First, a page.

Each spring, when agricultural lands in Minnesota leach nitrates and phosphorus into the Mississippi River, they create a dead or "hypoxic" zone in the Gulf of Mexico which can reach 8,000 square miles and kill off most ocean life. One way to curtail this problem is by restoring wetlands. They can act as a buffer to help clear and store water so it reduces its impacts downstream.
The water that naturally collects in this former lake bed is channeled into a series of irrigation ditches that lead to concrete pipes or "tiles". These carry the water away from the field and into nearby streams. Returning this lake to its original state will help prevent this runoff — which includes phosphorus and nitrates — from ultimately ending up in the Mississippi River.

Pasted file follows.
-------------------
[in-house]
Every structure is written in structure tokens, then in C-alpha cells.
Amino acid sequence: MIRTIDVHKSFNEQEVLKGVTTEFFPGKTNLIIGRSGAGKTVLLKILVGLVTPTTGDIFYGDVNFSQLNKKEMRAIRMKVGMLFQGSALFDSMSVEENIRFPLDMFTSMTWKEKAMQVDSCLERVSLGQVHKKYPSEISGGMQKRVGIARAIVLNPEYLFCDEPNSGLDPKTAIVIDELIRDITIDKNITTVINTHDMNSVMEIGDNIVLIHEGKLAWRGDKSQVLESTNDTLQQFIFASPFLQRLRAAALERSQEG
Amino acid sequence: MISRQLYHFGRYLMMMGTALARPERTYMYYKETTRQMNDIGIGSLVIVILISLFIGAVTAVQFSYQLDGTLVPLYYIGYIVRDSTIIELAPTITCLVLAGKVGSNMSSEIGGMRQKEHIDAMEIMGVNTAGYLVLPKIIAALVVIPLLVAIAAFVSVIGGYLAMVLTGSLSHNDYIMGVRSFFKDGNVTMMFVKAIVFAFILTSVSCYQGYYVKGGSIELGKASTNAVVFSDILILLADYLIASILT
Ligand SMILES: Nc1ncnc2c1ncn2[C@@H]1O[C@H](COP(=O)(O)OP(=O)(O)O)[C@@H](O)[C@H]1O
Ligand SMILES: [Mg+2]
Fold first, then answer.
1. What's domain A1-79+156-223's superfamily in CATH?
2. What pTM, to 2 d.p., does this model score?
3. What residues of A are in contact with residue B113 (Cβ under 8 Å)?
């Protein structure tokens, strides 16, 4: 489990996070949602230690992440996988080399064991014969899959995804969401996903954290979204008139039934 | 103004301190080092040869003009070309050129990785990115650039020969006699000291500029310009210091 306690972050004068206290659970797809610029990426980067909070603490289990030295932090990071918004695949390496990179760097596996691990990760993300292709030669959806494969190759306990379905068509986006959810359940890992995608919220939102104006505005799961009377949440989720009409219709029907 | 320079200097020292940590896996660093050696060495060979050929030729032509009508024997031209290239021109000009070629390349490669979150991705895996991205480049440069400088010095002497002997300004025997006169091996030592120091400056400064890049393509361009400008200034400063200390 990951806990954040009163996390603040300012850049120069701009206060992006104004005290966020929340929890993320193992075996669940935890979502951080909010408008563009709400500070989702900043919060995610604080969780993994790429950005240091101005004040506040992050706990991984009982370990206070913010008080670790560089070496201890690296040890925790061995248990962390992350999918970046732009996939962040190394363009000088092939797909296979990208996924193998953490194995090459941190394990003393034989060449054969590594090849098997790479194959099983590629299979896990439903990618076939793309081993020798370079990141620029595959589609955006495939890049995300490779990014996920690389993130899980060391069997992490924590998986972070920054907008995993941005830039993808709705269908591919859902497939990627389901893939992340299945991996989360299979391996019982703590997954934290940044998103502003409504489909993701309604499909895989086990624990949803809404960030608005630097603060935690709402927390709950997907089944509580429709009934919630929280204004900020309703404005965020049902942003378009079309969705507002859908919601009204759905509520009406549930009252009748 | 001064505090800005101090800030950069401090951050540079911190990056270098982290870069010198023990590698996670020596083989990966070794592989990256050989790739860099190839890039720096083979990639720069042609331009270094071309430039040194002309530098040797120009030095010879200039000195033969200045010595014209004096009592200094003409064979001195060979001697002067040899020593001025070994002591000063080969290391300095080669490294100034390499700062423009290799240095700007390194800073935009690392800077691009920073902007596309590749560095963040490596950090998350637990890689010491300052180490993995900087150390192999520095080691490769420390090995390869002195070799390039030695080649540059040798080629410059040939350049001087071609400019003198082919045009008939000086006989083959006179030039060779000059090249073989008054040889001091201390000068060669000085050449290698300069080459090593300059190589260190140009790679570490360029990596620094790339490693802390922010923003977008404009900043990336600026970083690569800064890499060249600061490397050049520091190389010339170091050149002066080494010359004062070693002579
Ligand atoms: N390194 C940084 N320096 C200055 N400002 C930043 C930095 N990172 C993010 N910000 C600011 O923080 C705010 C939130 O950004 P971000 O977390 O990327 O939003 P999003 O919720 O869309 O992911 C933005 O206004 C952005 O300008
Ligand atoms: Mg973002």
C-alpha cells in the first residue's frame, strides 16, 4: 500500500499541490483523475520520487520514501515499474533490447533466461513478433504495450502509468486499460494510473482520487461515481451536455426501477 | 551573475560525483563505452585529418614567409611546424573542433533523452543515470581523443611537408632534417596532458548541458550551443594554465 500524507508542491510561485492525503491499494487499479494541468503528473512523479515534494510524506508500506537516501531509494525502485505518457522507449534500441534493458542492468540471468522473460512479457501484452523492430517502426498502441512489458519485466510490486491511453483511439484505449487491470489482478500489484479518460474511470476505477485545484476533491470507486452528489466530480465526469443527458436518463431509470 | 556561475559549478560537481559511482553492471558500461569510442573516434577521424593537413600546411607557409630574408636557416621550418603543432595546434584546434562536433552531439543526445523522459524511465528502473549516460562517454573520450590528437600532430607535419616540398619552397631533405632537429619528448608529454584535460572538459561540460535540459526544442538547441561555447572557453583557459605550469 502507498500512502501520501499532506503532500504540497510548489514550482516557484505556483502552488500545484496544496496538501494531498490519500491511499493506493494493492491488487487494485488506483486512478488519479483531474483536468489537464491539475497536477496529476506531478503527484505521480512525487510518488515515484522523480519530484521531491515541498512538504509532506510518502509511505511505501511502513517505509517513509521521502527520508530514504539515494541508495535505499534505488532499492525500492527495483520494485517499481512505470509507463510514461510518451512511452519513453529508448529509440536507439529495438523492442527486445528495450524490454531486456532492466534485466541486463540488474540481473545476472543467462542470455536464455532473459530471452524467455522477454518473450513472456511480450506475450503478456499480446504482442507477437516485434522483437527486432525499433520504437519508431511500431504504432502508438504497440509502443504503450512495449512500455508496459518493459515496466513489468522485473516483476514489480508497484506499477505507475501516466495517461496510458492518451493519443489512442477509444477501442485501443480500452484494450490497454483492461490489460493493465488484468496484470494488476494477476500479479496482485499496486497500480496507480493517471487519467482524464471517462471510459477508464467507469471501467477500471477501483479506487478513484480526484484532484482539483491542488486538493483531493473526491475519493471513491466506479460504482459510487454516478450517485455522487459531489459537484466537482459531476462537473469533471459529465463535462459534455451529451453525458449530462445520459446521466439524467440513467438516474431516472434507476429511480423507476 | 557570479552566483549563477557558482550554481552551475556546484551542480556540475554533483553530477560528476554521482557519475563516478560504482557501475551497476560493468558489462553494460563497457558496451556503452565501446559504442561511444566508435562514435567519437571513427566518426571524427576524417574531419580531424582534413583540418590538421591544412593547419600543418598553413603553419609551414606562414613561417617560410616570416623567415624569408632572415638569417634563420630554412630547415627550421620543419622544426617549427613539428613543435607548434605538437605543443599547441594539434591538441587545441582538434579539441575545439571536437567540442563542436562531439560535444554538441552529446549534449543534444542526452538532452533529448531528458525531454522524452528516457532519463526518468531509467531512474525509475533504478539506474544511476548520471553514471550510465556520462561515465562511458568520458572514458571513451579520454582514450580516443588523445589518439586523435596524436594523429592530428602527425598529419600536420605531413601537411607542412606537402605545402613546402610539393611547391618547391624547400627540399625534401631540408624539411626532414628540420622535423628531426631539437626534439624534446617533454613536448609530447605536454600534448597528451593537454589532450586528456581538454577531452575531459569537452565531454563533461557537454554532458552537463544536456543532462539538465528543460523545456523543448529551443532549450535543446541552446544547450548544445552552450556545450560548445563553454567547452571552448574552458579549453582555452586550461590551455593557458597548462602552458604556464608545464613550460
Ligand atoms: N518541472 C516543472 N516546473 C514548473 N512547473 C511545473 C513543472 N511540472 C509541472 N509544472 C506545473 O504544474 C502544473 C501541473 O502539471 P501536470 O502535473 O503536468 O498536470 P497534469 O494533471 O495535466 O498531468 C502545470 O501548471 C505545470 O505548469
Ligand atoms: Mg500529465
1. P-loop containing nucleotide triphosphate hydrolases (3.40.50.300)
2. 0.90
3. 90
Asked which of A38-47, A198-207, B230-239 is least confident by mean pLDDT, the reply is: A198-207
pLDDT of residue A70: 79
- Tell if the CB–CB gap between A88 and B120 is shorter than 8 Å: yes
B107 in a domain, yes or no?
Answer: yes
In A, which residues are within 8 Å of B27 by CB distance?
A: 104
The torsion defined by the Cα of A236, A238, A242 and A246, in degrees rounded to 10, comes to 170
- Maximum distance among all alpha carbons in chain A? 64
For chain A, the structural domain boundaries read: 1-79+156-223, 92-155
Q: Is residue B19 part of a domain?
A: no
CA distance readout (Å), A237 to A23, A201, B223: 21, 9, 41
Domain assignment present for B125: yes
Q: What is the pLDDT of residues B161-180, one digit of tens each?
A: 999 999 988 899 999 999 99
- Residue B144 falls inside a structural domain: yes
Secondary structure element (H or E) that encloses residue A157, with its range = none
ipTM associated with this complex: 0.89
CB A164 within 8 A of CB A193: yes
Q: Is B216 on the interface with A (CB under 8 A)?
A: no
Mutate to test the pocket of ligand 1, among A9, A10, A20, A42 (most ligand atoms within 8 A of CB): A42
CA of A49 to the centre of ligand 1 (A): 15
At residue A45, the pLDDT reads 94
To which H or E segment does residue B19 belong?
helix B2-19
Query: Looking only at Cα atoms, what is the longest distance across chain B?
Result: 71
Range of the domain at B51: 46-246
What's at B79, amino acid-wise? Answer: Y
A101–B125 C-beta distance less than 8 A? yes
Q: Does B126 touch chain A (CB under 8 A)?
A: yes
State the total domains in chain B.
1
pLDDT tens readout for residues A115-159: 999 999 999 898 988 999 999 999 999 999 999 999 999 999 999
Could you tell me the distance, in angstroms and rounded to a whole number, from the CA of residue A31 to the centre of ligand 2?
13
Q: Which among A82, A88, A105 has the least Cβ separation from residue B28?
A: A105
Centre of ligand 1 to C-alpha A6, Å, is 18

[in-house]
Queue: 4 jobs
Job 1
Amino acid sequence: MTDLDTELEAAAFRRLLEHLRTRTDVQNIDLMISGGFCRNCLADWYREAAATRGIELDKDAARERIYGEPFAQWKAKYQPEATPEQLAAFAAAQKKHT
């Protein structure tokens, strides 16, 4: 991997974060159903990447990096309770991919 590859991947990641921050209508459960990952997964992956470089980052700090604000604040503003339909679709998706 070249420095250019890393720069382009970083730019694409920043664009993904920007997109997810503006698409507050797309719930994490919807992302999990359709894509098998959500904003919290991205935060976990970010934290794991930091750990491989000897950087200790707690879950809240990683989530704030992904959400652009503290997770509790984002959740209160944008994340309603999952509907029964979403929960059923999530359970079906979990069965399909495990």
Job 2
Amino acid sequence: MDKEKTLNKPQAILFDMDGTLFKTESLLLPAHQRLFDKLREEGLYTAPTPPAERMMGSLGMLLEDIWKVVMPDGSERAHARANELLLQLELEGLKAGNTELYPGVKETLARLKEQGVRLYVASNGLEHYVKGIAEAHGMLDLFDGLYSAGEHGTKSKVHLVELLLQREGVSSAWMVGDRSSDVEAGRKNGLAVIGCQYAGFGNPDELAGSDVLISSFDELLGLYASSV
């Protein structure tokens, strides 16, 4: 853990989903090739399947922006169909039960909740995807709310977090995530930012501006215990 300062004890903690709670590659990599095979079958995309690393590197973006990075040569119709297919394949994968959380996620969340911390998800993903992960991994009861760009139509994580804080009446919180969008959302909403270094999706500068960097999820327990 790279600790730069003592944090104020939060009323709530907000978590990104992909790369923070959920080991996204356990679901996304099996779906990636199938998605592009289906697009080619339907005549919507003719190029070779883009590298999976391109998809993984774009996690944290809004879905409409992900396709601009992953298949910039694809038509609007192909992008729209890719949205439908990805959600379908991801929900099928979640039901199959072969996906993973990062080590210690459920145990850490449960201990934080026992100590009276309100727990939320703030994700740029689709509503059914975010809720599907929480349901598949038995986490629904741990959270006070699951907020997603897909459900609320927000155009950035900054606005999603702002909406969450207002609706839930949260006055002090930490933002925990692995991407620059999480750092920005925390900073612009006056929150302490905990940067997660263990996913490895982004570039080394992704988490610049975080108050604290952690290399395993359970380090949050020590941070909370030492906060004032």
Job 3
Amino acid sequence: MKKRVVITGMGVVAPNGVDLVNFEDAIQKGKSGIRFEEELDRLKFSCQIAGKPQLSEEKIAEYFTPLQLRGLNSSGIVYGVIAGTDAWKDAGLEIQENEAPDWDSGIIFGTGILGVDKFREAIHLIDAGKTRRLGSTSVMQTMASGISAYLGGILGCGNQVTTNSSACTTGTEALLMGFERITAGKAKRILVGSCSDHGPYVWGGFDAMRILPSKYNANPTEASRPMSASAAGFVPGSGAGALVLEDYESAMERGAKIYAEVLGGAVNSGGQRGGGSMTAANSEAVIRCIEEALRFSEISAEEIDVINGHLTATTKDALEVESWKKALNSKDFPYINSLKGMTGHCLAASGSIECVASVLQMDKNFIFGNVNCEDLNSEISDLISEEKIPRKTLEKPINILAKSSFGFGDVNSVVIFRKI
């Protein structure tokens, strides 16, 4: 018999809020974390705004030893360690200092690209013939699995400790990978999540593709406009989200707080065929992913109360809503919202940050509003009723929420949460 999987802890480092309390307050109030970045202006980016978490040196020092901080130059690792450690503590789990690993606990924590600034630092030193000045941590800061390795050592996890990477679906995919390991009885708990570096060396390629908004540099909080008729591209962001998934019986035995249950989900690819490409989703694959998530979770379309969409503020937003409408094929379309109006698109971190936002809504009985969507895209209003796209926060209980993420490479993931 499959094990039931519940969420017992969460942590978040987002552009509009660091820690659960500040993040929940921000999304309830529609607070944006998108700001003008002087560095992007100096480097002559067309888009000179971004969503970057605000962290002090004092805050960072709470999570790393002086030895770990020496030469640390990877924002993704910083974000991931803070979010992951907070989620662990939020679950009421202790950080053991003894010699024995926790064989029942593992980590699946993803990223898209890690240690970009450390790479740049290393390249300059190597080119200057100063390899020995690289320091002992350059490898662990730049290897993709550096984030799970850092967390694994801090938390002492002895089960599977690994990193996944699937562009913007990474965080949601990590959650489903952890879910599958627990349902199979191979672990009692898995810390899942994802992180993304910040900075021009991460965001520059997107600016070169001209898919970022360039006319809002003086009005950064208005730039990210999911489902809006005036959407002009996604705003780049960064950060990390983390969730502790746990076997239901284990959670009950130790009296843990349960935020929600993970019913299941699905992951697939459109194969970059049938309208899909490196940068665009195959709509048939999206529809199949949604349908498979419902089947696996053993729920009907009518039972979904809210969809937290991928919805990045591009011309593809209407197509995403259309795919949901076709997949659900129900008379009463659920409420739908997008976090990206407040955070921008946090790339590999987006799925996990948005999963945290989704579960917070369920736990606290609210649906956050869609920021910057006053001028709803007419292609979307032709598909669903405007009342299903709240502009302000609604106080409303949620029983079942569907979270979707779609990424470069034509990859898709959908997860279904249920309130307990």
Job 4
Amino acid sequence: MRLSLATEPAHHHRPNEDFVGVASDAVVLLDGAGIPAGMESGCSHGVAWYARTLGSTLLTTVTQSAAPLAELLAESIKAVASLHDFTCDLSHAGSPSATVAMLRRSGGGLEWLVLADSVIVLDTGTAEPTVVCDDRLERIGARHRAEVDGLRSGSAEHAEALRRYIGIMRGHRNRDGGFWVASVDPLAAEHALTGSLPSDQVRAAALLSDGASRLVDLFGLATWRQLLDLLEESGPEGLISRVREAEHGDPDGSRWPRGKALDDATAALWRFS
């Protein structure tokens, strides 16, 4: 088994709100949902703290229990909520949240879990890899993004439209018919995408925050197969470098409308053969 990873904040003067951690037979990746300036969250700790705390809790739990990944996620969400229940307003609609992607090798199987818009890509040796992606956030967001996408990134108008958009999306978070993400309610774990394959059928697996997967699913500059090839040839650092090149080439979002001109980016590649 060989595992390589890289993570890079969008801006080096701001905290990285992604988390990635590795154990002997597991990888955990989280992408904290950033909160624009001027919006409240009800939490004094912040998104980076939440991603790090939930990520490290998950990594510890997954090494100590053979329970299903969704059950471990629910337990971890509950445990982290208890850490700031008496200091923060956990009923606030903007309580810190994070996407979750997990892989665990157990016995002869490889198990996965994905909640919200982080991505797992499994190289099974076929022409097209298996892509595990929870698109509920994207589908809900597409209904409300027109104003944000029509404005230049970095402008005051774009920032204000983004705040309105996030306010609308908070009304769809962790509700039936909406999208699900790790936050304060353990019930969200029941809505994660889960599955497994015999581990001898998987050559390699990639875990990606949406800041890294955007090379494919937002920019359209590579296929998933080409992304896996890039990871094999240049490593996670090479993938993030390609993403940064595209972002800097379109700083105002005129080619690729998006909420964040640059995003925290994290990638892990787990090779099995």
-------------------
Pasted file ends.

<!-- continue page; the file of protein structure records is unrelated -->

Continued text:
IN 1920, MEEKER COUNTY DRAINED BUTLER LAKE AND CONVERTED THE LAND TO AGRICULTURAL USE. 100 YEARS LATER, SIX LANDOWNERS DECIDED TO WORK WITH SCOTT GULP TO RETURN THEIR FARMLAND TO ITS NATURAL STATE.
“Minnesota has lost somewhere over 90% of its wetlands and shallow lakes. The wildlife species depending on these wetland habitats are in great decline, so the US Fish and Wildlife Service is leading the charge here to restore habitat for wetland dependent wildlife,” Scott Glup notes. “That can include ducks, geese, swans, shorebirds, wading birds, muskrats, mink, otter, frogs, salamanders, turtles. Pretty much anything that uses wetlands.”